Saturday, December 11, 2010

Denial of Service

It is really fascinating how the Wikileaks issue is playing out...After spending decades lecturing the Russians and the Chinese on the joys of a free press, the US government has now doing everything it can to kill the messenger - Assange.

It started out with 'distributed denial of service' (DDOS) attacks on Wikileaks sites, then forced governments to hunt him down with an Interpol lookout, and now, it is forcing private companies to sever links with Wikileaks.

And then, over the past week, faceless netizens started fighting back. A group calling itself AnonOps brought down Visa Inc’s site throuh a DDOS attack. Another group called Anonymous has targeted mainly companies which have decided for whatever reason not to deal with WikiLeaks, and their hit-list includes Amazon, MasterCard, Visa and PayPal. Some of these "hacktivists" called this Operation Payback.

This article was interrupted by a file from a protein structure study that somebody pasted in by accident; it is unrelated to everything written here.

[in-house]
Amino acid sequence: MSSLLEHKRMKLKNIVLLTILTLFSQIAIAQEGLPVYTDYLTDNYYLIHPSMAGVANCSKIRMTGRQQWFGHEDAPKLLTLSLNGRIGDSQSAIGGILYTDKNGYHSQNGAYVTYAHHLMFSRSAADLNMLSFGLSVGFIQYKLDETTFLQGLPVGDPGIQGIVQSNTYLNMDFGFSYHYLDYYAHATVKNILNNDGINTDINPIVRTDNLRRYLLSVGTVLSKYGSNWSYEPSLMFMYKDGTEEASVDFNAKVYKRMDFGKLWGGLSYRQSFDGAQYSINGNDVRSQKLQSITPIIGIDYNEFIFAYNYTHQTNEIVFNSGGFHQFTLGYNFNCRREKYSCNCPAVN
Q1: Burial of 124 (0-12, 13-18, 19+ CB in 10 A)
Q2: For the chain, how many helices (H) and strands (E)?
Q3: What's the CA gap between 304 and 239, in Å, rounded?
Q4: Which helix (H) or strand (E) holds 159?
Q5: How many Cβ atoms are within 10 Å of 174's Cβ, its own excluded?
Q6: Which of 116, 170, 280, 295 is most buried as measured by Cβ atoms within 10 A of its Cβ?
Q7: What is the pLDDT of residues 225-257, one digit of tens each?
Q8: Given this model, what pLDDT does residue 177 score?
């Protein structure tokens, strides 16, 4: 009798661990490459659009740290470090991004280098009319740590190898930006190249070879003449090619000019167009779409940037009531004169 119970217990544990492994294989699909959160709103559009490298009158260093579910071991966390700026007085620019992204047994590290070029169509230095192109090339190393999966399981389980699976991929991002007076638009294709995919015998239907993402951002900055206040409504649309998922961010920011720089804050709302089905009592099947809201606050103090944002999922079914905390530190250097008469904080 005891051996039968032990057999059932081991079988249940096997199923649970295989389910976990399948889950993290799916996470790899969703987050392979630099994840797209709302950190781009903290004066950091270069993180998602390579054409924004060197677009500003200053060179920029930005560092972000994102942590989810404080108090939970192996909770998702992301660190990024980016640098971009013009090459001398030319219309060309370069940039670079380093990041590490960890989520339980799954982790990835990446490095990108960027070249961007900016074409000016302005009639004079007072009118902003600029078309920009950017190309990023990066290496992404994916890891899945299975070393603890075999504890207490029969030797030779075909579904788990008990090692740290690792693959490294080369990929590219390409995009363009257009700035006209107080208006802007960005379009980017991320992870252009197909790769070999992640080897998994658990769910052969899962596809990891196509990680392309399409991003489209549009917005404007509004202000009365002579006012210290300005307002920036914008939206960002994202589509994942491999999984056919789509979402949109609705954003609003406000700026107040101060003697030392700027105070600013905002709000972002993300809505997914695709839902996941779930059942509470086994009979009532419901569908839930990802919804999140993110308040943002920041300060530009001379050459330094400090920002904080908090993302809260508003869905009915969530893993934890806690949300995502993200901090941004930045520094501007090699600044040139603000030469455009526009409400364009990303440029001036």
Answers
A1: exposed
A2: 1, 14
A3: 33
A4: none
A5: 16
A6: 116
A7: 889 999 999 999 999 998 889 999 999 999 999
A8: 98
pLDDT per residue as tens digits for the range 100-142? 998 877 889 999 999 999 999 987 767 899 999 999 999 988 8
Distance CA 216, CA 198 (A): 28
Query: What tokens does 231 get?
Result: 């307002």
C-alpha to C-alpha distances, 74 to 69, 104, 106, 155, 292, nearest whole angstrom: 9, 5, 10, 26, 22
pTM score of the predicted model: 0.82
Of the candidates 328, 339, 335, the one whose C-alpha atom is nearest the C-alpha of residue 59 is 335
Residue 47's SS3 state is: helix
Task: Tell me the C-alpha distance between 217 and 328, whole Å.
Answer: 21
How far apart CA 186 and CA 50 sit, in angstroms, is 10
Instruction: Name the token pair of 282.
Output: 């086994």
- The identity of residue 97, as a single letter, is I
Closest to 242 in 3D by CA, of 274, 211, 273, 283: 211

How do DDOS attacks work?

According to CERT, denial of service attacks can take three forms:
  1. consumption of scarce, limited, or non-renewable resources (usually bandwidth)
  2. destruction or alteration of configuration information
  3. physical destruction or alteration of network components
In the case of Operation Payback in support of Wikileaks, new tools are being adapted to make DDOS attacks easier. One of them is called the Low Orbit Ion Cannon (LOIC) software available as a free download from SourceForge (Hive Mind LOIC). This one, according to the Register, can be used to launch attacks even from an iPhone!
Today, the Dutch police arrested a 16-year-old for such an attack on MasterCard and Visa. So the hacktivists are changing is one that was published yesterday by BoingBoing:

Wonder where this will lead to...


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